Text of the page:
Our post from last year: May Day 2020 - Cooperatus
I just want to say one basic thing, partly as an economist, partly as a human being. One of the tests of any economic system is the adequacy with which it provides food, clothing, and shelter — the three basic conditions for a livable life. In order to provide housing in a capitalist system, you either have to give people enough wages and income to afford it, or you have to bring down the price of the home or the housing so that they can afford it without raising their income. Either income or price has to be put in a position that housing is achieved. By that standard, US capitalism is failing. It is not providing adequate income to pay for the privately owned housing that is the way we organize that system. And that failure is a basic critique of US capitalism as I speak.
Year in Review
Since last May, we've seen a year of both gains and losses for workers, but overall many class-conscious movements are gaining momentum. There has been an increase in prominent organizing efforts from workers all over the globe, including several notable examples in the United States where union support has increased markedly relative to prior years. Change for the better happens over time through consistent effort and solidarity with our fellow comrades, and for this May Day we are taking the opportunity to highlight a few of those remarkable efforts.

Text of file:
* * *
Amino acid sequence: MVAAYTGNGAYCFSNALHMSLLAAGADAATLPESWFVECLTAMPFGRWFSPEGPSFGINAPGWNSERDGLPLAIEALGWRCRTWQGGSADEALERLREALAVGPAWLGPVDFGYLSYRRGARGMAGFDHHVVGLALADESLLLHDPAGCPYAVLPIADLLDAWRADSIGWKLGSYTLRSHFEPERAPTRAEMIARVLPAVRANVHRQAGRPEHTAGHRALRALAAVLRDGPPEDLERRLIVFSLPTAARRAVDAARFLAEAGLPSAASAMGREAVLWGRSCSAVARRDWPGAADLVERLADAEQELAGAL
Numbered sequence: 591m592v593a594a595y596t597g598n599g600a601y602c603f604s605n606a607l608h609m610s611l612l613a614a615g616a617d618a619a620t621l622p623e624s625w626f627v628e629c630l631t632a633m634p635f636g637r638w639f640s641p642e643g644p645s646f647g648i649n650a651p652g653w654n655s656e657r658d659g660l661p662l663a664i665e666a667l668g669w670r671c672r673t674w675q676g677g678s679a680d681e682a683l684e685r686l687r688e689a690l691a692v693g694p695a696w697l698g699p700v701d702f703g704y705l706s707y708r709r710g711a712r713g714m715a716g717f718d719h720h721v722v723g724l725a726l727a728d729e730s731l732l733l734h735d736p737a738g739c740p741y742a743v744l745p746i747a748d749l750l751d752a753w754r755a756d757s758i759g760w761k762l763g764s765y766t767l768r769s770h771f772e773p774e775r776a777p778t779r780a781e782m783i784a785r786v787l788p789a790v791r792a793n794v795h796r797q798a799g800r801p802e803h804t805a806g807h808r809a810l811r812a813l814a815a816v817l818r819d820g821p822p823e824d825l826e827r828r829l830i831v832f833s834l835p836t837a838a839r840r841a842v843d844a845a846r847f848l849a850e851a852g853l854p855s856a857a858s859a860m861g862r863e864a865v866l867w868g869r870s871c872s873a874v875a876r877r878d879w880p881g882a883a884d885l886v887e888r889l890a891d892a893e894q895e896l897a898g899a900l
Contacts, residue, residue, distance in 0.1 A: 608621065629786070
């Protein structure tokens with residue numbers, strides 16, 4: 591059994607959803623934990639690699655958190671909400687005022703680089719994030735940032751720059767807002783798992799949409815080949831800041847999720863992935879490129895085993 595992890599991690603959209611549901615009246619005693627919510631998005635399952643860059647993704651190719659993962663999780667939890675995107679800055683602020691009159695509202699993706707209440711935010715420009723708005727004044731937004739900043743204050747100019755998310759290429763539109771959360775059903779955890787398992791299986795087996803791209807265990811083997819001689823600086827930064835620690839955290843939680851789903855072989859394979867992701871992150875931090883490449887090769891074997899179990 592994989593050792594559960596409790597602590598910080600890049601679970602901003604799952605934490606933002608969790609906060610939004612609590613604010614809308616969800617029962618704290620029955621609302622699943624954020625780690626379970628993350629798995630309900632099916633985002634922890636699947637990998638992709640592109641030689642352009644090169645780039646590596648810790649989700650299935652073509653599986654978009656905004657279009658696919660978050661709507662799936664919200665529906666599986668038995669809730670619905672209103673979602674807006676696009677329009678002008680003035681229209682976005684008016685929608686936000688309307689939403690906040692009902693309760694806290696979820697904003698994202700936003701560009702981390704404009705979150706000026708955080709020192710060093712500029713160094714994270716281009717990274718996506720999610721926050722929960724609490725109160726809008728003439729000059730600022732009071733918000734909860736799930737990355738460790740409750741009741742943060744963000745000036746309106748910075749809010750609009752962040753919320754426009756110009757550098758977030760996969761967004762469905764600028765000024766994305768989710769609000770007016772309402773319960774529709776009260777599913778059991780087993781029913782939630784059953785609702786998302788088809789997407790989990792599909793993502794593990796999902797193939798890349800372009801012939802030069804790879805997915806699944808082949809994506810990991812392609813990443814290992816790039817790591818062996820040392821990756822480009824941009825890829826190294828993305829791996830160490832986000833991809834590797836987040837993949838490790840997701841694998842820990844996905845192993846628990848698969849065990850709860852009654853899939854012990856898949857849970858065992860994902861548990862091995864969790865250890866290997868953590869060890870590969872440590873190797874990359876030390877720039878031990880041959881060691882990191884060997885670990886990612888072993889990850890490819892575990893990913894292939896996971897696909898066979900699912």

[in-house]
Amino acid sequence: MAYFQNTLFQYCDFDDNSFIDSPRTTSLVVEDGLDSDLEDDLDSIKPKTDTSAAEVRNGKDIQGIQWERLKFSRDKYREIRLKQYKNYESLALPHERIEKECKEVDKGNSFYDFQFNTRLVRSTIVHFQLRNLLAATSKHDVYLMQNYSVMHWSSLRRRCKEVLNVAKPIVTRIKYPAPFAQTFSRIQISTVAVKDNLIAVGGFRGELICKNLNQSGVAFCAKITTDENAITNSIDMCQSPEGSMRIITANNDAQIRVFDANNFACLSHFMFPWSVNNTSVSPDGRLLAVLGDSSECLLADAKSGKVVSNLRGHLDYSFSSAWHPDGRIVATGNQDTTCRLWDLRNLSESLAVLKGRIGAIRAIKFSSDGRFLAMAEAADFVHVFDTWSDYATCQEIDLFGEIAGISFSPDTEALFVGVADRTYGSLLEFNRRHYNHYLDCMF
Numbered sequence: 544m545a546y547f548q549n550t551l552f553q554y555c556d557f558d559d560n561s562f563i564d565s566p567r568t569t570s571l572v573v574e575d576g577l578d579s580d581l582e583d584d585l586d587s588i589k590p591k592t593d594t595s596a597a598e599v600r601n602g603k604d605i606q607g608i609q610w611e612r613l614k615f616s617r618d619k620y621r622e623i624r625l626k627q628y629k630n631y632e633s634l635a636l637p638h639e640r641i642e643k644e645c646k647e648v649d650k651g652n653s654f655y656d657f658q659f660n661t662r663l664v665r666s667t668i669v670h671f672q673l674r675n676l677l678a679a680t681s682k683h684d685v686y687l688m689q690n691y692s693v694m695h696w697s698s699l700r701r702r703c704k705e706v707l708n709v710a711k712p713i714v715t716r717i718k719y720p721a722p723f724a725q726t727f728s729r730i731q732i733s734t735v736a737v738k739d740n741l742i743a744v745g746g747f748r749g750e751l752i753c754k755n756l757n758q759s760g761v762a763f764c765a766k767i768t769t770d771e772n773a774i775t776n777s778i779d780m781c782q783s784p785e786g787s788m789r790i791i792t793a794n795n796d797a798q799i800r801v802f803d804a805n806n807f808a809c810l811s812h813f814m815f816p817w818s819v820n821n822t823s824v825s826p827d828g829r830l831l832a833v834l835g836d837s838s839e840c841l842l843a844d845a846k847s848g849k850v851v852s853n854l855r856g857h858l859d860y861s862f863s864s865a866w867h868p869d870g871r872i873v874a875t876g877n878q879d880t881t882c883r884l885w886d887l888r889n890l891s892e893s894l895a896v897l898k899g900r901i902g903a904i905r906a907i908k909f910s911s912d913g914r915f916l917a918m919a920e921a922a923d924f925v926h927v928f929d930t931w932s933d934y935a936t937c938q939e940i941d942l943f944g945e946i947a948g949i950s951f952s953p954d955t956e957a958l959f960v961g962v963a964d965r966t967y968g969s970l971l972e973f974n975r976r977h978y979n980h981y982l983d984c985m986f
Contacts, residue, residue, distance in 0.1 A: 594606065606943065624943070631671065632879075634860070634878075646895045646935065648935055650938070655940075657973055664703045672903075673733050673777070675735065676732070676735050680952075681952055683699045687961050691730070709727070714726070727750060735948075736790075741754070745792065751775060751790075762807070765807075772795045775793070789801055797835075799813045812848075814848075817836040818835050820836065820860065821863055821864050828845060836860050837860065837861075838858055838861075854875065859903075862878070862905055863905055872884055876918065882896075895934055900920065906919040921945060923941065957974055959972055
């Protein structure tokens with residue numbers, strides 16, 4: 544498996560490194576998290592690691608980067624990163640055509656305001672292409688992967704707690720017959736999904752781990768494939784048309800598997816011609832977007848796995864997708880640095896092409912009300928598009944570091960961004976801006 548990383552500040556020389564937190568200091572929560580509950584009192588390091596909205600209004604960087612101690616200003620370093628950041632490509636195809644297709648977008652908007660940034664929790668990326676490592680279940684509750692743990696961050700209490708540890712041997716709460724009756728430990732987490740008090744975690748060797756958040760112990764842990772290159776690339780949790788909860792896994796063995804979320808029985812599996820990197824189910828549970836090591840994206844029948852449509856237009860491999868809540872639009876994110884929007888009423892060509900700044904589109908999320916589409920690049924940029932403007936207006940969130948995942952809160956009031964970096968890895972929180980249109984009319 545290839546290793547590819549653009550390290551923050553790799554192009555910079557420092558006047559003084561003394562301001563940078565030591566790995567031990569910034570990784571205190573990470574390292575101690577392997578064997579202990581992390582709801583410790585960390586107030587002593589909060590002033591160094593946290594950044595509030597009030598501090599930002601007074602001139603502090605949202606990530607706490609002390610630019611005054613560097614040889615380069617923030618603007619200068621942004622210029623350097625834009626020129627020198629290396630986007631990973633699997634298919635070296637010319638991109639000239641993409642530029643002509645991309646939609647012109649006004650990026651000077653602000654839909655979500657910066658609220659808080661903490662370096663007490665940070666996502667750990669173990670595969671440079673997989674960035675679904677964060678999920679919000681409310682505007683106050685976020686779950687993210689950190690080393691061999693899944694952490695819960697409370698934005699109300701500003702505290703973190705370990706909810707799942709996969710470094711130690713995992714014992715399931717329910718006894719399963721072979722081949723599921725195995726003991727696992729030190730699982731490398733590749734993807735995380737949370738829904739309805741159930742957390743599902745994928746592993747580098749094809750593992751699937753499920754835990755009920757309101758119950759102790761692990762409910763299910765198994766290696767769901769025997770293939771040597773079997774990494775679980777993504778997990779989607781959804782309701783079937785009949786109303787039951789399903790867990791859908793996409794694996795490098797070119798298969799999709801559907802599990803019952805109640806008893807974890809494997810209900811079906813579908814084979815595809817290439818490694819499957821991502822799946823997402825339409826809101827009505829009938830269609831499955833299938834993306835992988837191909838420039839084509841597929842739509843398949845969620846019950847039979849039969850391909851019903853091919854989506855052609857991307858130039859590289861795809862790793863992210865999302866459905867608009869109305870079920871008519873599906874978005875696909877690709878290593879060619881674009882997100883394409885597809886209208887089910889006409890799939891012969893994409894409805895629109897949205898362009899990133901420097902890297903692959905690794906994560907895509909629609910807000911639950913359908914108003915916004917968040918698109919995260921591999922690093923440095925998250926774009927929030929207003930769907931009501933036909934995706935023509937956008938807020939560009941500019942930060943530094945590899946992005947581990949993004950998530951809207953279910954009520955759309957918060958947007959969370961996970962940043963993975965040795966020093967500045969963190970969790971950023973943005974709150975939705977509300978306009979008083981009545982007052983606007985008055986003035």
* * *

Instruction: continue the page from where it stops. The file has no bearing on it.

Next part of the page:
Alphabet (Google) Workers Unionization Is A Success!
Just a few months ago, Google workers announced their plans to organize with the Communications Workers of America. Their aim is to address pay disparity, retaliatory practices of Google leadership, and to continue opposition to murderous government contracts that violate the rights and privacy of people around the globe.
Their union will be open to all Alphabet employees, but also goes a step further by explicitly providing representation for individual contributors who are usually excluded from collective union bargaining efforts (such as contractors, who are the majority of the Google workforce).
As of January 2021, the union has passed 700 members!
Listen to some of these folx directly:
Amazon Workers Unionizing in Alabama